Here, you can focus on grip strength, leg strength, upper back, and develops your muscle memory for a deadlift – strong back, core, and relaxed shoulders.
Trap Bar Overhead Press
Place the bar on a lifted platform that is level with your shoulders. Ensure it is rotated so that the handlebars are facing upward. Step under the bar so that you’re standing in the center of the machine.
The grip on each hand is in the middle with the center knuckle in line with the plate loading bars are on each side. From here lift directly up over your head and shoulders, keep your wrists strong. Squeeze your low score to avoid arching your lower back.
Once the bar is overhead, slowly lower the bar back down so that your hands are in line with your shoulders to prep for the next rep.
This exercise is more beneficial for your wrists as it avoids unnecessary crunching and weight is distributed away from your bone. There is more fluid motion using the trap bar here so that your spine can stay neutral.
Trap Bar Romanian Deadlifts (RDL)
Set up by standing in the middle of the machine. Stack shoulders over hips, and knees over ankles. Tilt forward and pick up the trap bar. At the top of the motion, “lockout” your upper shoulders and push your chest out while keeping a neutral pelvis.
Hinge forward and push your hips back with your back straight. Keep a slight bend in your knees. Lower until your shoulders are in line with your hips.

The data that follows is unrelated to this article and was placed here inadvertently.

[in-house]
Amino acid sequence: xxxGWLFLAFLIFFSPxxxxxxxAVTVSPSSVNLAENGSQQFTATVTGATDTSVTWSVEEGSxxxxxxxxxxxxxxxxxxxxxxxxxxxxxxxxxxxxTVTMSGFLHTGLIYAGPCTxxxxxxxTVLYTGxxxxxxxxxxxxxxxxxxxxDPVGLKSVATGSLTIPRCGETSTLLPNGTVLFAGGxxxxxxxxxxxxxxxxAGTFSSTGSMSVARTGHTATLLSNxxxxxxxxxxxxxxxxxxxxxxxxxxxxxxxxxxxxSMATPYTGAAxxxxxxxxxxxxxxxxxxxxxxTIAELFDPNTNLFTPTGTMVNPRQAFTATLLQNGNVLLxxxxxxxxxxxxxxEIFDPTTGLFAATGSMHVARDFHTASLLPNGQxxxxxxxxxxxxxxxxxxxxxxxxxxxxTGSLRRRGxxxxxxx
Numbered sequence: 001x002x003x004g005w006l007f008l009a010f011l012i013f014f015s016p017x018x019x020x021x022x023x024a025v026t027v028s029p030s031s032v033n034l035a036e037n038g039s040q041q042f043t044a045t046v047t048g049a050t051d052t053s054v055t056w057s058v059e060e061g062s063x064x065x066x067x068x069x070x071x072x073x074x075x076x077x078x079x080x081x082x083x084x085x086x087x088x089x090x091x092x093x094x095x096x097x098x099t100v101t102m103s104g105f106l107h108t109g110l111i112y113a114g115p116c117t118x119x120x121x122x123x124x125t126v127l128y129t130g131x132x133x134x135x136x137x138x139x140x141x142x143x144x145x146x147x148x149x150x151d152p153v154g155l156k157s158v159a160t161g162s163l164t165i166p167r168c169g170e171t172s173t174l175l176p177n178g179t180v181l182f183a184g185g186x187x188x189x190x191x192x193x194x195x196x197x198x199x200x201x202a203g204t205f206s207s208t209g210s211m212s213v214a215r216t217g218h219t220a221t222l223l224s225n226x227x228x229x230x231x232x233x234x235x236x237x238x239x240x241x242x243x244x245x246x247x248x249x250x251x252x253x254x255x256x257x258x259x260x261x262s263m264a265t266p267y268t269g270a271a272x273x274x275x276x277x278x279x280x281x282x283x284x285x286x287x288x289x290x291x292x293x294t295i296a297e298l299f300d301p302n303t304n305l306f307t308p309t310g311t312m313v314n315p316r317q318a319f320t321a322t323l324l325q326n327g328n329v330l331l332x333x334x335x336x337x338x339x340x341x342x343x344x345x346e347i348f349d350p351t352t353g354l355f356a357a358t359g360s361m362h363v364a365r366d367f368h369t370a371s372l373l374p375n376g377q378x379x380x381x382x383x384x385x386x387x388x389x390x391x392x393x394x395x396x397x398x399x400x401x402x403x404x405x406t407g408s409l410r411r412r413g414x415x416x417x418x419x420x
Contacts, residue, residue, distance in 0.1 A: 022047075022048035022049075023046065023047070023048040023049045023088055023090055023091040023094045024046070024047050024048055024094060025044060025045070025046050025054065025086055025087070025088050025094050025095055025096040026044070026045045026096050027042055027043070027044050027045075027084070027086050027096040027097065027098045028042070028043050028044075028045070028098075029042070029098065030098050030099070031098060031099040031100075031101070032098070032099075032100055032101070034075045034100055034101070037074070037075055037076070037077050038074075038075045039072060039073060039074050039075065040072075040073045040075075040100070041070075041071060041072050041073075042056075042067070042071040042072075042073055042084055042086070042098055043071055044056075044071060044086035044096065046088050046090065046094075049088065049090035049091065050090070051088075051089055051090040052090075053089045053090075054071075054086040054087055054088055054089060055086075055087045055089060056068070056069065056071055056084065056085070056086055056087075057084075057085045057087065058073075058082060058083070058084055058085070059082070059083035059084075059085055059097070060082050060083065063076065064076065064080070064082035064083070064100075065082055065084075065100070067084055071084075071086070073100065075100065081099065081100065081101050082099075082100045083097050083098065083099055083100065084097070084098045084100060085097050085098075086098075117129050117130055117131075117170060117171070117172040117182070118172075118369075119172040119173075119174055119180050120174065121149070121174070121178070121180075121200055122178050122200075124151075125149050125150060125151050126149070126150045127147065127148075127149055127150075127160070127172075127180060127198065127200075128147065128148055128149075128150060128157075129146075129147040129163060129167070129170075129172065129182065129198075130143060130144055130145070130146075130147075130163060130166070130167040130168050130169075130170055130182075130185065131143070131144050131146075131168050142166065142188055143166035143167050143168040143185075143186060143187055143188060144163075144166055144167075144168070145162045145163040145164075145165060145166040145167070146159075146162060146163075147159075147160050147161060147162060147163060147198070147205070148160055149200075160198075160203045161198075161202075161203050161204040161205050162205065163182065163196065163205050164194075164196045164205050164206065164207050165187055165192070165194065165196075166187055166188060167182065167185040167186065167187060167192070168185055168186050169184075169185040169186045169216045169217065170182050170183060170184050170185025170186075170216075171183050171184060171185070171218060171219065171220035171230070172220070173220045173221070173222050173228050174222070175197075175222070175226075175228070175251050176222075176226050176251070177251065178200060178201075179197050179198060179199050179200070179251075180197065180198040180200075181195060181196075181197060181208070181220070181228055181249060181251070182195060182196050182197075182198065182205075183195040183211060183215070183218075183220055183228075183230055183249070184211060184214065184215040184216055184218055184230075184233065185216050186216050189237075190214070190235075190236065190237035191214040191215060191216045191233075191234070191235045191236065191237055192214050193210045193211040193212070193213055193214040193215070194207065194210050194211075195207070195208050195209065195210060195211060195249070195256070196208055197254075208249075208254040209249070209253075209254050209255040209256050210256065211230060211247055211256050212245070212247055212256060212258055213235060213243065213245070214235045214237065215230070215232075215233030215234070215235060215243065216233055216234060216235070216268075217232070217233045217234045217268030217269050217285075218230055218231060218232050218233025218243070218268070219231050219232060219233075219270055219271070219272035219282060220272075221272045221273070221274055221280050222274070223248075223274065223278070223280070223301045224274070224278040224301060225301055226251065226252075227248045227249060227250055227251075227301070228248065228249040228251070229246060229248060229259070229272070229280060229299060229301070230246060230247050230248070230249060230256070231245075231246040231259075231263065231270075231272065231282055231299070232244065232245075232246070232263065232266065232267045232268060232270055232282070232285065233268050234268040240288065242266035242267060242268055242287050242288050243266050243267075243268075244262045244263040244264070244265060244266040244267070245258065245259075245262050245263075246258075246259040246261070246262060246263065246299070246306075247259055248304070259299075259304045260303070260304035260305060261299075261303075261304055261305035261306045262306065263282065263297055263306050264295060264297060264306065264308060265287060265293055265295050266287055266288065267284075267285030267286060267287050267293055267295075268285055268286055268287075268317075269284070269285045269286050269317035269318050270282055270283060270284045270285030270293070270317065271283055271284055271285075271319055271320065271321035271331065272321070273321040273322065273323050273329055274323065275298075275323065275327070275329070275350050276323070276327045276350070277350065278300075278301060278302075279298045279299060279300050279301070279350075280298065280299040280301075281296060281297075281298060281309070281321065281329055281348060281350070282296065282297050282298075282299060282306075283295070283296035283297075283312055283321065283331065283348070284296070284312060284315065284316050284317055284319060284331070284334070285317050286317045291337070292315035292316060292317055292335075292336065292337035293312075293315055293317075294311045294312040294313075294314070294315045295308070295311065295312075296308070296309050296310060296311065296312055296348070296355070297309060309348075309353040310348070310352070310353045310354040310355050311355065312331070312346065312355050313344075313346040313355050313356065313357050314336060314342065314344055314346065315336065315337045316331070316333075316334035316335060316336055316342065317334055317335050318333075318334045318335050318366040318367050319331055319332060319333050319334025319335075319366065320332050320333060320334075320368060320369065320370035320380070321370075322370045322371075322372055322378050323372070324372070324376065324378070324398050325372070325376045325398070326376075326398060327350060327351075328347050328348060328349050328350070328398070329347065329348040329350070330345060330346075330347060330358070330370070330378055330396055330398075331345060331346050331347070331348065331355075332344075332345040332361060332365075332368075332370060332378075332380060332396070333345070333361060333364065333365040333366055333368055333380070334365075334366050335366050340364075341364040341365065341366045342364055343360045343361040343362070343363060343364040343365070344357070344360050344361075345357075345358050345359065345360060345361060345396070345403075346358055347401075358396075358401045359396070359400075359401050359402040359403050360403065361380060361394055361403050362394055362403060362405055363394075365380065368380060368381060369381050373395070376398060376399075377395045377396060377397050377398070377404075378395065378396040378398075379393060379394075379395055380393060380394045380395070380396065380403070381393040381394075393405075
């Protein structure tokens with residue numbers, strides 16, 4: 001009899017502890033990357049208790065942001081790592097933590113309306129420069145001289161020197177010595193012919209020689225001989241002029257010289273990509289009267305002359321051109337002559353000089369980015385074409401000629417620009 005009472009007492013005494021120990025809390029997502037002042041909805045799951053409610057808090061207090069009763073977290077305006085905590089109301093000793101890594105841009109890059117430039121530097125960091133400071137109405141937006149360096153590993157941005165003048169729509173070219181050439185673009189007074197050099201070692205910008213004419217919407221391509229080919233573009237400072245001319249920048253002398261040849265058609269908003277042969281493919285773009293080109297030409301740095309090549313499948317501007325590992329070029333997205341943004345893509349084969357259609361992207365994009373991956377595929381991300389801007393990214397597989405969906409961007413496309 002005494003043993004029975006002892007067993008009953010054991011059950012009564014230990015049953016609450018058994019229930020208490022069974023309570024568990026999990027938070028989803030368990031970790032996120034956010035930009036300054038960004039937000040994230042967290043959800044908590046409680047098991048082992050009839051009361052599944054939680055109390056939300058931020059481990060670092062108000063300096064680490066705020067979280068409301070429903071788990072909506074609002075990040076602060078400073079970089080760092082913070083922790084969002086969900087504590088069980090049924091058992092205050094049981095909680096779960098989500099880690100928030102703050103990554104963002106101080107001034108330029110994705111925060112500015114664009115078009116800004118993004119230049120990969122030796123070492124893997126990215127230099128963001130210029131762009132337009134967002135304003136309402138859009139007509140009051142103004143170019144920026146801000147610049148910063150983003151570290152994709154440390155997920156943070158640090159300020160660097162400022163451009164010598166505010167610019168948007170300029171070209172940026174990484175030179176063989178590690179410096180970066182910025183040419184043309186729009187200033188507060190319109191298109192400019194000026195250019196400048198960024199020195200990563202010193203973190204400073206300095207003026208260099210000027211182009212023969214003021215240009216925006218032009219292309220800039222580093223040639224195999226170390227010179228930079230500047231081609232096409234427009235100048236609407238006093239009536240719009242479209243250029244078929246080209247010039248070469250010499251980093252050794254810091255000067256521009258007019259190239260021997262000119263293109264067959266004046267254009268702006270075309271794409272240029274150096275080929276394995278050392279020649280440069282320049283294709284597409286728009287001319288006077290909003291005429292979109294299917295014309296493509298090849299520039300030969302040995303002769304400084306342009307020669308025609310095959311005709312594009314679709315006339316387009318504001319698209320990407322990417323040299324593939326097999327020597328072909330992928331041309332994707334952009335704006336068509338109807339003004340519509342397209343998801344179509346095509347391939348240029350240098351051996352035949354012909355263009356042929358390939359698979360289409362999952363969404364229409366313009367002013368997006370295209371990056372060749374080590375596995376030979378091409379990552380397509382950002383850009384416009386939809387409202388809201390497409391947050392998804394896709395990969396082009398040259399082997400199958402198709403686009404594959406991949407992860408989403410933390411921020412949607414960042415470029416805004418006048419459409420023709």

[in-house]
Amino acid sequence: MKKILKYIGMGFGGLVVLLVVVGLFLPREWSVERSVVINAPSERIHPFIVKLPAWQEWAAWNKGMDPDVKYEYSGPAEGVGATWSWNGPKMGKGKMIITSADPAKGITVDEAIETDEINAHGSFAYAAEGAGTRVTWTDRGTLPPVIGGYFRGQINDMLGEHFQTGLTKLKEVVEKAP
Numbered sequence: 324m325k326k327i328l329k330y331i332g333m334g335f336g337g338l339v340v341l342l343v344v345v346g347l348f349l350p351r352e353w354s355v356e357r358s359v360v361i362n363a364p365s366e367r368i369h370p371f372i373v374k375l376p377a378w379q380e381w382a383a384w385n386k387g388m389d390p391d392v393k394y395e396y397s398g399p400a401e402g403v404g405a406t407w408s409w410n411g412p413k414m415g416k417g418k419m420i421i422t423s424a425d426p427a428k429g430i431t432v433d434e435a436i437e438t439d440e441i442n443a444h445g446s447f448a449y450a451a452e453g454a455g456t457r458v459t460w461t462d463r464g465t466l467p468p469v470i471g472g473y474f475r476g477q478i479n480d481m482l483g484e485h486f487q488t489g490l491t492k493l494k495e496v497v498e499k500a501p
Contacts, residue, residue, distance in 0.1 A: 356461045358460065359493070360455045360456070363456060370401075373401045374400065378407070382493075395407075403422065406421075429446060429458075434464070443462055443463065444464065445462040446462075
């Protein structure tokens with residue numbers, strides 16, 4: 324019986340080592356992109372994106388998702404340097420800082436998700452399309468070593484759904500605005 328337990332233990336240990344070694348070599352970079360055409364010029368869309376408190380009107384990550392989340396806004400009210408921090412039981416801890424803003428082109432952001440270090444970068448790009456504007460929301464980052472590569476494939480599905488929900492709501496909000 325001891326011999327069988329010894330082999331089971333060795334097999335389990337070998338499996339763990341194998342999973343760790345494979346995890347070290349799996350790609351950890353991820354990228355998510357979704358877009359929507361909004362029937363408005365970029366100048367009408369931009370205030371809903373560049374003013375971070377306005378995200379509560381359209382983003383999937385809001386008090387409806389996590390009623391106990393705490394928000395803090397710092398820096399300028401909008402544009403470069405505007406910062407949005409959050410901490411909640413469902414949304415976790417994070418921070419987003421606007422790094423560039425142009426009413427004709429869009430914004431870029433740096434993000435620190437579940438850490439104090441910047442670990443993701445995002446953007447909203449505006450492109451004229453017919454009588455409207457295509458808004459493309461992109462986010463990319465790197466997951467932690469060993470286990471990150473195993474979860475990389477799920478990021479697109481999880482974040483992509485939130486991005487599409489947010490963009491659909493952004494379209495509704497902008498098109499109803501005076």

Extend back to the top and squeeze your glutes at the top before beginning the next rep.
After mastering these basics consider amping up your exercise with these pointers:
To make this exercise harder, use a high handle set up and add weights. This allows you to modify the range of motion easily and limit yourself by how low you can move.
Use a band around your waist. Attach it to a bar behind you that is level with your hips. As the band will try to pull you backward, use your ab and glutes strength to stay in position.
Trap Bar Push-Ups
Place the bar on the floor with the handles facing up so that it is flush to the ground. Start with your knees on the ground. Continue as if a wide-armed push up by placing your hands on the handlebars. Extend both feet towards the back of your space, push up from your shoulder blades and maintain a long neck.
Slowly lower your body down towards the ground without your elbows passing your shoulders. Keep your elbows close to the body. Explode upwards and avoid locking out your elbows.
Using the hex bar here is better for your wrists in a neutral grip. Having an elevated push-up allows for more range of motion.
One drawback here is that there is not an option to change your arm width.
Trap Bar Floor Press
Lay flat on your back and place your feet on the ground so that your knees are bent. With a resting rack available, lift the bar off of the rack and hold overhead with your fists aligned with your shoulders. Continue with the floor press by lowering towards you slowly and exploding upwards.
The trap bar is in place of the swiss bar here. A floor press opens up the press even more and allows for more extension with each rep.
Trap Bar Shrug
Targeting your back with this movement, step in the middle of the bar, grab the handlebars and stand straight. Shrug only your shoulders and ensure you have a neutral spine and pelvis.
This is where the hex bar gets its name and is famous for the accessibility of this movement.
One Bar, So Many Options
While most of these could be used with a barbell, using the trap bar is endlessly more beneficial. There is a host of opportunities for utilizing it for single-leg RDL, split squats, and more.
If there was ever an era for the home gym it is now. Instead of expensive machines and memberships, the trap bar could be your one-stop-shop for hip mobility, strength, and overall wrist health.
For more ideas and training help check out our website! I’d love to hear from anyone who has switched to using the hex bar.